Zawe Ashton covers the October issue of Tatler to promote Mr Malcolm’s List, which is a period romantic-comedy in the vein of Jane Austen or Bridgerton, I guess. Freida Pinto is the lead, but Zawe has a significant role. Zawe is also engaged to Tom Hiddleston and pregnant with their first child. She speaks of that and she speaks around it with Tatler – she has clear lines she doesn’t really want to cross, but she does mention Tom and she’s clearly very pregnant. I’ve always sort of thought that Zawe’s energy is very calm, focused and driven, but I never realized (before now) that she’s actually kind of similar to Hiddles – she’s chatty, upbeat, a bit dorky and “keen.” You can feel her bristling against the hurdles and roadblocks set in her path since birth but she doesn’t come right and say “god, Britain is a terrible place to be a Black woman.” Some highlights from Tatler:
Whether she gets a lot of villain roles: ‘I think that’s probably a phase I’ve always been in – certainly the outsider phase. I’ve always played outliers, and that’s great. I think it’s where you can move the needle the most.’
Summers in Uganda. ‘There’s a lot of strength in having a duality. We’re finally seeing that more and more now as something to be celebrated. When I was younger, that wasn’t the case.’
Bullied in school & at drama school: ‘It was rough. They break you down.’ Why? ‘I think they saw my keenness, my enthusiasm… I don’t know why, but sometimes they really want to wash you out.’
She pitched a show like ‘Girls’ which was in development hell: ‘There was just this weird resistance. And bullying. Bullying, demeaning, gaslighting… I was yelled at by one producer because I was questioning something about my own work.’ I venture cautiously that, to some, Ashton might just have been too much of a multi-hyphenate. ‘Yep. We didn’t do that kind of thing here until the success of things like I May Destroy You or Fleabag.’
She supports other artists: ‘We don’t fuel the fire of genuine enthusiasm in the UK. It’s like, “Don’t get ideas above; stay calm; it’s not that good.” I appreciate that, because I’m London through and through – I love that acerbic quality and I love that edge. But it can be really damaging.’
Working with Tom Hiddleston on ‘Betrayal’: ‘Tom and I had done a reading together of the central scene, at a gala for Harold Pinter’s birthday’.
Pregnant with Tom’s baby: ‘Thanks, it’s wonderful.’ I’d read somewhere that she’d always wanted children. ‘I know… I used to talk about it all the time in interviews – it was really unsuitable.’ Has she learnt the art of discretion now? ‘I’ve got to learn it.’
Pregnant at 38: ‘You’re told, “Don’t get pregnant” but also “Don’t leave it too long” because then you’re going to be an old maid. I’ve been prehistoric in this industry since I was 25. The mixed messaging is rough and has to be addressed.’ She hadn’t felt stressed by her biological clock ticking: ‘It was just suddenly this self-permission comes over you that goes against all that messaging.’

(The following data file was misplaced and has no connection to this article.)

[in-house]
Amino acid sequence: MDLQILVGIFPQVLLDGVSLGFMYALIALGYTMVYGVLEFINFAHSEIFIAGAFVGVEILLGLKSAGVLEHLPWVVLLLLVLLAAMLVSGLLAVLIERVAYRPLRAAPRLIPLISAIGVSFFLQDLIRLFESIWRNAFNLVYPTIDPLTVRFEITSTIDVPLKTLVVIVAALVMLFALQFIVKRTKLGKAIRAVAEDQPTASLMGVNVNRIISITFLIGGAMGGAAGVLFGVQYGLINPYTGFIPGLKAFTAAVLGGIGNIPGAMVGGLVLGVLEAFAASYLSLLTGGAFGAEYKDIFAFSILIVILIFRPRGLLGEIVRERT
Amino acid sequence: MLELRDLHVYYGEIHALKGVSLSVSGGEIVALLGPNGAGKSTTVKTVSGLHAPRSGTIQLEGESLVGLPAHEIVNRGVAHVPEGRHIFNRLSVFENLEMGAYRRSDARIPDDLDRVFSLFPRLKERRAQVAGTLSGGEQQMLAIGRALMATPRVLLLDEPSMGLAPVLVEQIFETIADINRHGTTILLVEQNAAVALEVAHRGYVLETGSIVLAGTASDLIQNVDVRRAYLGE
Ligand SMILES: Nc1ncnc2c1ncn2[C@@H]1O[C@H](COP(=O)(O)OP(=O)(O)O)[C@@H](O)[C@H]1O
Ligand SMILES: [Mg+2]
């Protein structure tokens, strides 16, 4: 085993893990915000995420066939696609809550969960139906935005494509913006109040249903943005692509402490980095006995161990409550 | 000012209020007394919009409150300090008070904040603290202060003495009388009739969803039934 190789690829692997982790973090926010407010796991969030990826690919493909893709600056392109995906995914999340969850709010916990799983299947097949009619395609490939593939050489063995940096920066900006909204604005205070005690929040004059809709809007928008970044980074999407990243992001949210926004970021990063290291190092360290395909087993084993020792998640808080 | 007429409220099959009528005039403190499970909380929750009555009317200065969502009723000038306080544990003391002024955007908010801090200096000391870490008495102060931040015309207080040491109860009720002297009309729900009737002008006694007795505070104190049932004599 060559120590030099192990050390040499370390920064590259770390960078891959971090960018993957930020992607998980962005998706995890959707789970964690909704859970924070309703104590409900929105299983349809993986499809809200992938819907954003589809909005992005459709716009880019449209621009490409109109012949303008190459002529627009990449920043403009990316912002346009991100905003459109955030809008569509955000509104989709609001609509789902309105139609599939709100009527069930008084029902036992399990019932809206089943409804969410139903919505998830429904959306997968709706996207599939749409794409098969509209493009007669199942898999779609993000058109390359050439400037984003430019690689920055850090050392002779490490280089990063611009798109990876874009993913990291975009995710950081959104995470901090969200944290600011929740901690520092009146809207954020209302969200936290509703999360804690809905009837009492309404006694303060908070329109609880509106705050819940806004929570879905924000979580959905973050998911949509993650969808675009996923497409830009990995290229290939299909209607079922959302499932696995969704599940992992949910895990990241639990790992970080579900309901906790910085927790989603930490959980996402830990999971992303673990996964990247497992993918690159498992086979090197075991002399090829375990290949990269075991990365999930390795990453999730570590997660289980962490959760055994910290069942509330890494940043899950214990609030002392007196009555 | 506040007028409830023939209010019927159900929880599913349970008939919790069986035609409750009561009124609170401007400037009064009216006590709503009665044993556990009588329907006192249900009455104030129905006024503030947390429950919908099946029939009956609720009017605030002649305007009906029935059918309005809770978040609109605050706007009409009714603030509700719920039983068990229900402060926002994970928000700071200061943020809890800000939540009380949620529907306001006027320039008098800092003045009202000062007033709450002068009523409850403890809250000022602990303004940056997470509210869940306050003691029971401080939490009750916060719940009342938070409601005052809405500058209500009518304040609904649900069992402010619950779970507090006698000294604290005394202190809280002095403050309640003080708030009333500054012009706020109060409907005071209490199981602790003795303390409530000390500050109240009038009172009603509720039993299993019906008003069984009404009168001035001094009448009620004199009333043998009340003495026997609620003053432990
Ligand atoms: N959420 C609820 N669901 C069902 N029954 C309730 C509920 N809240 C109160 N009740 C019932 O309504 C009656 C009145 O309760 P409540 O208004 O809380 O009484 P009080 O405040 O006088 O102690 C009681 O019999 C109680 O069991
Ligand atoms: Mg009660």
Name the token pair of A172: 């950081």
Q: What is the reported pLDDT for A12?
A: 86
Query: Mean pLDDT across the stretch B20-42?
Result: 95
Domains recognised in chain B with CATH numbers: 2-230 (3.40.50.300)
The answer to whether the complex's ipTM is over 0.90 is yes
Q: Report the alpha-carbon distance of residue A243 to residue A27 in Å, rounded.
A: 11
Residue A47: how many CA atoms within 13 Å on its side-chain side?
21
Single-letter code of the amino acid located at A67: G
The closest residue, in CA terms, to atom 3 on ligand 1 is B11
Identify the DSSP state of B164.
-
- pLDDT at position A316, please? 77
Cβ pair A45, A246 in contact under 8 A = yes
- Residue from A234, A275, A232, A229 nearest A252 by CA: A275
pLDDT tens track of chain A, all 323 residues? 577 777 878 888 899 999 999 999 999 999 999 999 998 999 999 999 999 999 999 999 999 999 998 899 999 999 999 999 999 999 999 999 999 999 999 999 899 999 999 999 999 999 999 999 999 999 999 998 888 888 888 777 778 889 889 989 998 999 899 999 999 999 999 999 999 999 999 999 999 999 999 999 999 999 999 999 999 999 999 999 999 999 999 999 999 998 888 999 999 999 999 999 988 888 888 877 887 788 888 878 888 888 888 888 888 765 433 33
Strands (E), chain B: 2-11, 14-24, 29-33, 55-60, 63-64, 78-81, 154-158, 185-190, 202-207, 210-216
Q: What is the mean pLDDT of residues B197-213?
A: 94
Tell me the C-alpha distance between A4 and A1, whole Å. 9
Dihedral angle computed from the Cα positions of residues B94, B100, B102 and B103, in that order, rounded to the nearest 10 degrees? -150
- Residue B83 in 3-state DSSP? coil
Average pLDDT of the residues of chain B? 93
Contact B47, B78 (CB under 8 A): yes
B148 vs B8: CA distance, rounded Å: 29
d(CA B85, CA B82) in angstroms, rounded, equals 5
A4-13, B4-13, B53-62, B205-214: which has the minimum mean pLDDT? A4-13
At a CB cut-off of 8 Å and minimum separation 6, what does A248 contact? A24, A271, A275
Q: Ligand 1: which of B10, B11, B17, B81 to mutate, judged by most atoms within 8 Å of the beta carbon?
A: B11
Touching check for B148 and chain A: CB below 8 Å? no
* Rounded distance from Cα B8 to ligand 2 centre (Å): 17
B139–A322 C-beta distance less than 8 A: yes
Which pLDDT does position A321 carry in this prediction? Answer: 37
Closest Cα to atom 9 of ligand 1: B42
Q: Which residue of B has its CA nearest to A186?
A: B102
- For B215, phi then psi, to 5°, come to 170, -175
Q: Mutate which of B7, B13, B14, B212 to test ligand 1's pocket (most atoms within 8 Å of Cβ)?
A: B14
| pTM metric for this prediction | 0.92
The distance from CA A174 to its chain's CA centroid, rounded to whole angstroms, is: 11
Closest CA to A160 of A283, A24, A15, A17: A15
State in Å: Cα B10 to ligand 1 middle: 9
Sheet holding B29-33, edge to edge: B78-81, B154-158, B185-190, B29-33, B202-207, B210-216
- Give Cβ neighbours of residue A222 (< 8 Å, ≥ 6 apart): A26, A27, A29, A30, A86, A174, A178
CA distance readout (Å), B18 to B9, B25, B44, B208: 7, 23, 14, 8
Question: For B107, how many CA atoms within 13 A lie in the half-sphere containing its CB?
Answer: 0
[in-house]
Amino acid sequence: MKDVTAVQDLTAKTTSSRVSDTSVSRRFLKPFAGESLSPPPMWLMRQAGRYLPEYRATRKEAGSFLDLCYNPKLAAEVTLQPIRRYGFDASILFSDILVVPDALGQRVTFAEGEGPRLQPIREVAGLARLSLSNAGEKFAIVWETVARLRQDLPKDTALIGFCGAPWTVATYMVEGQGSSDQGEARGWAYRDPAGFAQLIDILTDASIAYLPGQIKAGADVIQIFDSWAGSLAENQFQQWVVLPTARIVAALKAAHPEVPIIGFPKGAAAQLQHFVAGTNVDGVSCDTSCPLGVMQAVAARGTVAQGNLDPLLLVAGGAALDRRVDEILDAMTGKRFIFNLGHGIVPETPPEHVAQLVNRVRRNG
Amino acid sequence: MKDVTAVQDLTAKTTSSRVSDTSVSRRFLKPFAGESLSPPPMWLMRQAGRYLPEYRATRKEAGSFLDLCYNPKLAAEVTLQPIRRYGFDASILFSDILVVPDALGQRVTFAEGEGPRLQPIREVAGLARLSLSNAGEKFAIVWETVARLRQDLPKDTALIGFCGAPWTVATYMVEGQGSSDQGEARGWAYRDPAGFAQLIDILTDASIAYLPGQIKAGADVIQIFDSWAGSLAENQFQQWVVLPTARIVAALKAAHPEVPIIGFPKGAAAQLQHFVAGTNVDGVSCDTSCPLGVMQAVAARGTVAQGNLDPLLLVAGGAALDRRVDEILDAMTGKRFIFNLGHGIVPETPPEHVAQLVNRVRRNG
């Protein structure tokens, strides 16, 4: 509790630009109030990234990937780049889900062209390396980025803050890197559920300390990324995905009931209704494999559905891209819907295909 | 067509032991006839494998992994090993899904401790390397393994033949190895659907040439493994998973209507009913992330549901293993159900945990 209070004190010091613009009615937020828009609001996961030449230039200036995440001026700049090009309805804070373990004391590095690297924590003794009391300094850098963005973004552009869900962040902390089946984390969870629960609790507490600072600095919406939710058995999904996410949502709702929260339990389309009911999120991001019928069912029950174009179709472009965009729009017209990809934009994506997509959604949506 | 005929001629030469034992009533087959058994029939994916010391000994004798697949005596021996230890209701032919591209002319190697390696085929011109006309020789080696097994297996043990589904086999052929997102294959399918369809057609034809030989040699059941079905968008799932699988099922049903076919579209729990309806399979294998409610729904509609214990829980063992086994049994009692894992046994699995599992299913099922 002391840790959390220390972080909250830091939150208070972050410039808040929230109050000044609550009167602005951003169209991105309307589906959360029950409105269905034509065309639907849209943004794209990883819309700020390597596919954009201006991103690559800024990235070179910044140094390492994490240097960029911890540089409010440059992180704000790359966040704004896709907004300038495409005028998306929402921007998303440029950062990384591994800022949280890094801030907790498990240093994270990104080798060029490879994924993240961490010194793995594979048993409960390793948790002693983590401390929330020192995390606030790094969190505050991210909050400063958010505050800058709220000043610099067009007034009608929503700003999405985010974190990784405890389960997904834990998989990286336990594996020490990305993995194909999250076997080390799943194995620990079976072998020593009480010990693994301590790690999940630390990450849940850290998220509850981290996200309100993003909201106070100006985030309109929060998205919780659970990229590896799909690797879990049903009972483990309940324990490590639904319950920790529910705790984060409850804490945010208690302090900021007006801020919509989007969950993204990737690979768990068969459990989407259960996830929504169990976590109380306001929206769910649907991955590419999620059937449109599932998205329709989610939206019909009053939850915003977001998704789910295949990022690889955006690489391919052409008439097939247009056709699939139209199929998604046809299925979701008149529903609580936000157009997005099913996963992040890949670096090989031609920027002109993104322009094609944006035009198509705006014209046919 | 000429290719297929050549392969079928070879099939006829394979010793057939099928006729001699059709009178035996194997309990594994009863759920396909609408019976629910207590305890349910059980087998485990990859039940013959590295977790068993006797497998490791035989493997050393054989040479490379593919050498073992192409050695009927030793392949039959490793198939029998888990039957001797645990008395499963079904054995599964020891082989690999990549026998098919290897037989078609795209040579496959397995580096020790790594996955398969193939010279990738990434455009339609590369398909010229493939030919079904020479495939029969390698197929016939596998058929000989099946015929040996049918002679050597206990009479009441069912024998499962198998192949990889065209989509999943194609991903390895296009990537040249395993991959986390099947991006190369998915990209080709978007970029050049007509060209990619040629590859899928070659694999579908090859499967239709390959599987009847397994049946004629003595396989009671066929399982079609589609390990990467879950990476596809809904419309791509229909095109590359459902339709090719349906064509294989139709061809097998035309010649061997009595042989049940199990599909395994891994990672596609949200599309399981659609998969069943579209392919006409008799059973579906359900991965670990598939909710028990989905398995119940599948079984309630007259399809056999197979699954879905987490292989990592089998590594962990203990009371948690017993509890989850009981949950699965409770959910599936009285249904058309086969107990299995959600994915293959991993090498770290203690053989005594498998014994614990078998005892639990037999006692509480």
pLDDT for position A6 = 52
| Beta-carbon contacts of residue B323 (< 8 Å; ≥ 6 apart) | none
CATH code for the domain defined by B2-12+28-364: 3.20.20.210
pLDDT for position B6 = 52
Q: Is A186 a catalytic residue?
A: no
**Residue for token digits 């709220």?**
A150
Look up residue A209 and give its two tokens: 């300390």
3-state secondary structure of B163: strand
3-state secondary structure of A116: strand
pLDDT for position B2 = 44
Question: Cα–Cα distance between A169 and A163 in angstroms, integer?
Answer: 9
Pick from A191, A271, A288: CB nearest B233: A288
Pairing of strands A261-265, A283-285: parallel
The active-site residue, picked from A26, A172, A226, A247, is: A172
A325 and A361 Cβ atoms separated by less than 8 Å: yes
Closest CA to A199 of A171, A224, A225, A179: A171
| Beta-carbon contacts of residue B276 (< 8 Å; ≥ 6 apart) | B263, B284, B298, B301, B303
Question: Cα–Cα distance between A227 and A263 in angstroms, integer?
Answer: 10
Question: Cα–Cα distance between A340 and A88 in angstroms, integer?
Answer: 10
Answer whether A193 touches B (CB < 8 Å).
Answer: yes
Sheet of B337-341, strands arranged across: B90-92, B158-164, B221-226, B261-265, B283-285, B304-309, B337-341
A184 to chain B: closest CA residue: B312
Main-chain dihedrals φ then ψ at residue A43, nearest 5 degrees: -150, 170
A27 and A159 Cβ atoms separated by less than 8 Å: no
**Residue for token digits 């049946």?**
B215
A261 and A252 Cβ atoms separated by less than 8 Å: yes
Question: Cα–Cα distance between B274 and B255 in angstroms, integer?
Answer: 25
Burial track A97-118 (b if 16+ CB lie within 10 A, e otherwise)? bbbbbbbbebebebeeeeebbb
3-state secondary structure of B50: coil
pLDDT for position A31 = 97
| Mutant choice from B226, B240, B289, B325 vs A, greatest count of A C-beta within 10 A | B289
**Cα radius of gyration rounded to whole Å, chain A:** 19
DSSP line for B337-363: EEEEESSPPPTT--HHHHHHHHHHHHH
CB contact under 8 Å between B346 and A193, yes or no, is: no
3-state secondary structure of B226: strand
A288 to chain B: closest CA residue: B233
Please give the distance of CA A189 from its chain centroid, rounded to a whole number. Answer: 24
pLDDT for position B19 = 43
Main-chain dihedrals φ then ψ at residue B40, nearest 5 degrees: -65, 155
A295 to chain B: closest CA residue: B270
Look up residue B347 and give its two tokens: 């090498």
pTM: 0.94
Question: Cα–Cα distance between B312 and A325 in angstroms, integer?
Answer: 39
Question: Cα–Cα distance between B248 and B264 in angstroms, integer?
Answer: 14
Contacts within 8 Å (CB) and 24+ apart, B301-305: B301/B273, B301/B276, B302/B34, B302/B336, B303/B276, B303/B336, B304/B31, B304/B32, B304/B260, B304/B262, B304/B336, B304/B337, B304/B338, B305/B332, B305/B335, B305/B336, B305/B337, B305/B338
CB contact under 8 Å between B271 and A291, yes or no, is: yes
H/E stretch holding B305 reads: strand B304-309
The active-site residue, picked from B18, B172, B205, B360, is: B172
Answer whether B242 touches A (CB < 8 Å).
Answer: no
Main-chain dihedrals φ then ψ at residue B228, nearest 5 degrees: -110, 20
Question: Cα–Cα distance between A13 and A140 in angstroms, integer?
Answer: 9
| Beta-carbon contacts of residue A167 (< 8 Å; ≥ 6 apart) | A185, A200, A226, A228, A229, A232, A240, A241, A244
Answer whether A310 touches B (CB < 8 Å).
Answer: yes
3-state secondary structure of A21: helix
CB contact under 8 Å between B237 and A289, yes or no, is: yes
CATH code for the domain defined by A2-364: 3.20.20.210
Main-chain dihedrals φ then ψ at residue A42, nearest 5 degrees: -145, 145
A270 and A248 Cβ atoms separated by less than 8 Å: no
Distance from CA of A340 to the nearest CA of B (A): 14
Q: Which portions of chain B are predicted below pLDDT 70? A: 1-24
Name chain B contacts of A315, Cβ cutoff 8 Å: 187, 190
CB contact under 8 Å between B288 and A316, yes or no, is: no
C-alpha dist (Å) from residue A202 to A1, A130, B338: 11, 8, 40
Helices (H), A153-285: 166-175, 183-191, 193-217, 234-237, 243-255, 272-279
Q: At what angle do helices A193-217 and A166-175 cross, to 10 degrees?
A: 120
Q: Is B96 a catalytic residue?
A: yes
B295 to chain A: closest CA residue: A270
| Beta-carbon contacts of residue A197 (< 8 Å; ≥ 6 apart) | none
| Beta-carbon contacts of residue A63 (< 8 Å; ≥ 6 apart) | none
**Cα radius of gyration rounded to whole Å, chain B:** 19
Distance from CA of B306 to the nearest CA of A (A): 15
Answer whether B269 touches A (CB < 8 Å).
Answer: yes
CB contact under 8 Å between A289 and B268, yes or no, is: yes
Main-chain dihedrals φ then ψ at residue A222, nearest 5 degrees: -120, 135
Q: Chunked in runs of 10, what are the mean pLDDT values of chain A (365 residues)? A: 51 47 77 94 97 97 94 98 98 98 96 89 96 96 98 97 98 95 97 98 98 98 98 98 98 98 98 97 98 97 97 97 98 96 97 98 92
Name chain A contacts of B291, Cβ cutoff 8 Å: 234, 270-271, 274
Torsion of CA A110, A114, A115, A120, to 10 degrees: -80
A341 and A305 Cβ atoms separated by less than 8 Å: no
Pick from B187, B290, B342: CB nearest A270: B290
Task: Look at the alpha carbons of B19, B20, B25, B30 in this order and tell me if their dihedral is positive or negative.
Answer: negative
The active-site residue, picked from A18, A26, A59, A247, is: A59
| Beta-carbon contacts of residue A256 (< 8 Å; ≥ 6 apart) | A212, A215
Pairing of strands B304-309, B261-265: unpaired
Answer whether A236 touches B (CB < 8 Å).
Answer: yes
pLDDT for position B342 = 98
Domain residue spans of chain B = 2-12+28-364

Announcing the pregnancy by showing up with her bump: ‘I don’t want to talk about my personal life. I didn’t feel like I had to do anything… it felt like [the pregnancy news] happened in the right way. [It is a] really, really, vital moment where we’re talking about women and their autonomy when it comes to their bodies.’ The Roe v Wade reversal had been announced just days before, and she had no desire to ‘be cute’ about it. ‘I’m not into “announcements” or “reveals”. I’m into trying to carry the narrative as much as possible myself, rather than anyone else feeling like they have an exclusive on my body.’
Doors are opening for young actors of color: ‘I can see that opportunities for so many under-represented students are suddenly there. I don’t worry about them the way I worried for myself – and that’s really lovely. Systemic racism isn’t going anywhere fast. But they can imagine themselves in huge franchises, in the new Netflix show, in the lead in West End theatres.’
She loves Jane Austen’s books but not P&P: ‘I’m not really a Pride and Prejudice girl’, she frowns. Not into Darcy? ‘No, too austere. People love that. I know friends who are like, “I love how emotionally unavailable you are.” I’m like, “Oh gawd!”’
“We don’t fuel the fire of genuine enthusiasm in the UK. It’s like, ‘Don’t get ideas above; stay calm; it’s not that good’.” As in, don’t get ideas above your station, Britain is still racist and classist and enthusiasm is always suspicious. Tatler has a thing about mentioning the Duchess of Sussex in random interviews but they didn’t in this one. Perhaps because it was too “on the nose.” Because the whole piece felt like one big subweet of Meghan’s experience and culture shock.
And yes, the fact that she’s not into Mr. Darcy makes so much sense. Hiddles isn’t brooding or austere, he’s a big, energetic puppy. Of course, her favorite Austen books are Persuasion and Emma.
Cover & IG courtesy of Tatler.